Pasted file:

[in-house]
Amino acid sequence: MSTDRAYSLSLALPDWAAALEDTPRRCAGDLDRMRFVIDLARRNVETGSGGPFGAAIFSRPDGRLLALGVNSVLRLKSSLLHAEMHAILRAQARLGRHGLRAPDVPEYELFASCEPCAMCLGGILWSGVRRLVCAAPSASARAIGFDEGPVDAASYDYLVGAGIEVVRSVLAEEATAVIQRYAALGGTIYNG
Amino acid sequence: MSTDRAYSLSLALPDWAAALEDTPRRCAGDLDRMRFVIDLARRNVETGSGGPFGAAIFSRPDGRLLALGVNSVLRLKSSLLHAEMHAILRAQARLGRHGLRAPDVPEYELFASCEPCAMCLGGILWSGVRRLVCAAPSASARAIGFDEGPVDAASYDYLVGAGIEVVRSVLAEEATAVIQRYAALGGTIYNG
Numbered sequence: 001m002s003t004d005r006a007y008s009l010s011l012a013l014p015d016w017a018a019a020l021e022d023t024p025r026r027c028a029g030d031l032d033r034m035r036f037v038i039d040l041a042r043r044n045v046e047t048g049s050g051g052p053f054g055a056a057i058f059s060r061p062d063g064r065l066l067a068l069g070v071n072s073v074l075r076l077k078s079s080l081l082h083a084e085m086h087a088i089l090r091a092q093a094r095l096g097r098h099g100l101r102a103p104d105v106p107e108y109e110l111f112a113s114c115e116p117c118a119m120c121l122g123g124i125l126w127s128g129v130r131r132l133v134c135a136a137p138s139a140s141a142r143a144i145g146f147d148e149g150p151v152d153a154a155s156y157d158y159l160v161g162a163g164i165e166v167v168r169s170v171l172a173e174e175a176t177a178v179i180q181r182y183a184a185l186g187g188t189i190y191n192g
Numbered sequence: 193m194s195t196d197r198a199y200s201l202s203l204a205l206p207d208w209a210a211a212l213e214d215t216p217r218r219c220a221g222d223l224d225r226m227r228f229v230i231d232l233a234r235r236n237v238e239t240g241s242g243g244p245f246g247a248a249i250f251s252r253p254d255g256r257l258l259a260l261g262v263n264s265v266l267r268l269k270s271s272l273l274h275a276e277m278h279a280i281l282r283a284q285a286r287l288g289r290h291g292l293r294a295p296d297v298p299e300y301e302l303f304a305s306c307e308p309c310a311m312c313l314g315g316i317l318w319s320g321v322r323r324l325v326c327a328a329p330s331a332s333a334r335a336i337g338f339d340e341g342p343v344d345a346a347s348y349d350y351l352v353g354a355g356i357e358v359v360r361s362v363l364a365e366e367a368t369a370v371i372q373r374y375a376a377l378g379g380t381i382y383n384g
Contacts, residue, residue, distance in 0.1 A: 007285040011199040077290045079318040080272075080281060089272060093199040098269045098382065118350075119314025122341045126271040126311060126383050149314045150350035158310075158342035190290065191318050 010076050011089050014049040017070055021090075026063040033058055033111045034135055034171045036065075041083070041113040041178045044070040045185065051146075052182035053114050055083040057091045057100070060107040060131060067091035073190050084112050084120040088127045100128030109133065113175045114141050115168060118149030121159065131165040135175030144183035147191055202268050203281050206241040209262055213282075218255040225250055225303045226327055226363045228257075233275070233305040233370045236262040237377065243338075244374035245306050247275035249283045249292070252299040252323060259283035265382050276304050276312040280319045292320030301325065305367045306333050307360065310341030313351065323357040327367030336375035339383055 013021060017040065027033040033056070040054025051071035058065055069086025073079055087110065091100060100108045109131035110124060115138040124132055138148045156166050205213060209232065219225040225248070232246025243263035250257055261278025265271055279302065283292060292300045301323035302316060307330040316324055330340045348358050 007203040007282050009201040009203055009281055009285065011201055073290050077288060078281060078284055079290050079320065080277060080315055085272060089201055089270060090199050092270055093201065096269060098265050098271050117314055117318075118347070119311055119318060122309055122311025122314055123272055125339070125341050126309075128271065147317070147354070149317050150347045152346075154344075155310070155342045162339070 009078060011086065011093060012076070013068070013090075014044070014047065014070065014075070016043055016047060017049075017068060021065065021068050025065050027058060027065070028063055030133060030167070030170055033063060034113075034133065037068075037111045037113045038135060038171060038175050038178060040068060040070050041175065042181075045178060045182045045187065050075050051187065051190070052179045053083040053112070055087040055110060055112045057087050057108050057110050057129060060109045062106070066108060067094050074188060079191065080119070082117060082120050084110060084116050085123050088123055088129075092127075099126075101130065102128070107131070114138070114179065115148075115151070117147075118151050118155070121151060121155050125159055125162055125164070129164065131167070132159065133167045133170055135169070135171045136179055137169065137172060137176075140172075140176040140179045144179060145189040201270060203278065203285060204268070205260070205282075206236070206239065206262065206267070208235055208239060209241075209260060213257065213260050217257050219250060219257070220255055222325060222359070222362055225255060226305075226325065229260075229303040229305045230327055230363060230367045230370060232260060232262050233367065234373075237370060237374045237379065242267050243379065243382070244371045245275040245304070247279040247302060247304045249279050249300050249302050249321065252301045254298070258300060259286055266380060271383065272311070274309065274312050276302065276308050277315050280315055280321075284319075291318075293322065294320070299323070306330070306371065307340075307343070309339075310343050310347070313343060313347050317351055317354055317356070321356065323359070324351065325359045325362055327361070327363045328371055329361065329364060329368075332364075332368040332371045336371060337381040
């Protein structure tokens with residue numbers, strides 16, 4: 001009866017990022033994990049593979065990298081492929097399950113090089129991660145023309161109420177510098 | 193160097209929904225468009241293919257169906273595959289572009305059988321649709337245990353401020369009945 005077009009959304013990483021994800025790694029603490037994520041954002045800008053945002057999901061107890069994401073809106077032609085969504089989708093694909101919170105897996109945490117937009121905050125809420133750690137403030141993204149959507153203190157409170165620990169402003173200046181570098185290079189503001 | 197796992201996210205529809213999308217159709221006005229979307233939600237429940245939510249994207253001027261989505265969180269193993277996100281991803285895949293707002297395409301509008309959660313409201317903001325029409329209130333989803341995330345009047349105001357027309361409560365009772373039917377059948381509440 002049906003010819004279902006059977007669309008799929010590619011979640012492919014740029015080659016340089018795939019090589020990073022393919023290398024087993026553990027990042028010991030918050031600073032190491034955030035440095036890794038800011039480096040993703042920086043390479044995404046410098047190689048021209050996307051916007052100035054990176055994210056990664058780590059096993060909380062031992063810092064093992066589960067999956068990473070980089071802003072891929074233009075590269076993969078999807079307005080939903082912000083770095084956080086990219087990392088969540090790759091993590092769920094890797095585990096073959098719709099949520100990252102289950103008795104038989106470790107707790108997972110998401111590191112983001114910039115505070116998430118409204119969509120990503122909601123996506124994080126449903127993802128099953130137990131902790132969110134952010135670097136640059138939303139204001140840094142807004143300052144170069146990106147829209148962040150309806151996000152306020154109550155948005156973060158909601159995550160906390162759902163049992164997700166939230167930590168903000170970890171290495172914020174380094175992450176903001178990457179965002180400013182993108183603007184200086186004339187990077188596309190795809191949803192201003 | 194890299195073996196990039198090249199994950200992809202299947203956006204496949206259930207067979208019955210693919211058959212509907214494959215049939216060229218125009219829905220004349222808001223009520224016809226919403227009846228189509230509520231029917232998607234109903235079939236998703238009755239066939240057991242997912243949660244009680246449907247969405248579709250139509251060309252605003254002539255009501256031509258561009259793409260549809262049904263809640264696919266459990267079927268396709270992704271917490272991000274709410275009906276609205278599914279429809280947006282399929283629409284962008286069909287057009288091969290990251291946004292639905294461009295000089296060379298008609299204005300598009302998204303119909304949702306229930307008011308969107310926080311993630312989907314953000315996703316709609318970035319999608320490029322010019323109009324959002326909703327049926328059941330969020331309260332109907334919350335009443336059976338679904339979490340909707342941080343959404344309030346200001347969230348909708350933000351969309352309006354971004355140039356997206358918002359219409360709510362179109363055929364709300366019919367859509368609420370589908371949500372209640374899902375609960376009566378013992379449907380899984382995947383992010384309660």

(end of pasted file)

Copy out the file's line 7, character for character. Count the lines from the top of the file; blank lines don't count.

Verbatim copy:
């Protein structure tokens with residue numbers, strides 16, 4: 001009866017990022033994990049593979065990298081492929097399950113090089129991660145023309161109420177510098 | 193160097209929904225468009241293919257169906273595959289572009305059988321649709337245990353401020369009945 005077009009959304013990483021994800025790694029603490037994520041954002045800008053945002057999901061107890069994401073809106077032609085969504089989708093694909101919170105897996109945490117937009121905050125809420133750690137403030141993204149959507153203190157409170165620990169402003173200046181570098185290079189503001 | 197796992201996210205529809213999308217159709221006005229979307233939600237429940245939510249994207253001027261989505265969180269193993277996100281991803285895949293707002297395409301509008309959660313409201317903001325029409329209130333989803341995330345009047349105001357027309361409560365009772373039917377059948381509440 002049906003010819004279902006059977007669309008799929010590619011979640012492919014740029015080659016340089018795939019090589020990073022393919023290398024087993026553990027990042028010991030918050031600073032190491034955030035440095036890794038800011039480096040993703042920086043390479044995404046410098047190689048021209050996307051916007052100035054990176055994210056990664058780590059096993060909380062031992063810092064093992066589960067999956068990473070980089071802003072891929074233009075590269076993969078999807079307005080939903082912000083770095084956080086990219087990392088969540090790759091993590092769920094890797095585990096073959098719709099949520100990252102289950103008795104038989106470790107707790108997972110998401111590191112983001114910039115505070116998430118409204119969509120990503122909601123996506124994080126449903127993802128099953130137990131902790132969110134952010135670097136640059138939303139204001140840094142807004143300052144170069146990106147829209148962040150309806151996000152306020154109550155948005156973060158909601159995550160906390162759902163049992164997700166939230167930590168903000170970890171290495172914020174380094175992450176903001178990457179965002180400013182993108183603007184200086186004339187990077188596309190795809191949803192201003 | 194890299195073996196990039198090249199994950200992809202299947203956006204496949206259930207067979208019955210693919211058959212509907214494959215049939216060229218125009219829905220004349222808001223009520224016809226919403227009846228189509230509520231029917232998607234109903235079939236998703238009755239066939240057991242997912243949660244009680246449907247969405248579709250139509251060309252605003254002539255009501256031509258561009259793409260549809262049904263809640264696919266459990267079927268396709270992704271917490272991000274709410275009906276609205278599914279429809280947006282399929283629409284962008286069909287057009288091969290990251291946004292639905294461009295000089296060379298008609299204005300598009302998204303119909304949702306229930307008011308969107310926080311993630312989907314953000315996703316709609318970035319999608320490029322010019323109009324959002326909703327049926328059941330969020331309260332109907334919350335009443336059976338679904339979490340909707342941080343959404344309030346200001347969230348909708350933000351969309352309006354971004355140039356997206358918002359219409360709510362179109363055929364709300366019919367859509368609420370589908371949500372209640374899902375609960376009566378013992379449907380899984382995947383992010384309660």